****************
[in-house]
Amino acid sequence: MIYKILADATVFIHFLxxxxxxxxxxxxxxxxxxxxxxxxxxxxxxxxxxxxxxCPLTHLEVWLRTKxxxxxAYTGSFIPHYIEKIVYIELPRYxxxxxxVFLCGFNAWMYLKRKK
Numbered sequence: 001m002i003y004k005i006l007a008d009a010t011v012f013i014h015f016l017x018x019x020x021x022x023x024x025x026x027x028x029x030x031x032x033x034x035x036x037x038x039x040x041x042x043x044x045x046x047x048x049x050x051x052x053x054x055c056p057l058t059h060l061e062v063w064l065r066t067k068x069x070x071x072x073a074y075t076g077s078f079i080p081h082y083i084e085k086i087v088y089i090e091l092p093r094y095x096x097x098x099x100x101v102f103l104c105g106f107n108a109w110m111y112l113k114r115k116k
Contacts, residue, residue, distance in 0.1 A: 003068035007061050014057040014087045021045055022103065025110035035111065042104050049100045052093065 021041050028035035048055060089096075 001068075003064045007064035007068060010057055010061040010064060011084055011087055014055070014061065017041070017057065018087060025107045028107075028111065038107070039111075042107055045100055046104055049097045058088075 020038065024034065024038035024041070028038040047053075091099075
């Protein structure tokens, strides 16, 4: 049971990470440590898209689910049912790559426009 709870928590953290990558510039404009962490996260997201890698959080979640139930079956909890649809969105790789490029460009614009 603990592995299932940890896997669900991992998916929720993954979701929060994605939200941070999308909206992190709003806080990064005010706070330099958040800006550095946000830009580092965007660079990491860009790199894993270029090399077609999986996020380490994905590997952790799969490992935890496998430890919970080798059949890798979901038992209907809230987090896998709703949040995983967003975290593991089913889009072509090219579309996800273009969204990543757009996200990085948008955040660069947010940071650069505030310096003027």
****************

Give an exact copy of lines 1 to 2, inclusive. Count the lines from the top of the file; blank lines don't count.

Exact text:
[in-house]
Amino acid sequence: MIYKILADATVFIHFLxxxxxxxxxxxxxxxxxxxxxxxxxxxxxxxxxxxxxxCPLTHLEVWLRTKxxxxxAYTGSFIPHYIEKIVYIELPRYxxxxxxVFLCGFNAWMYLKRKK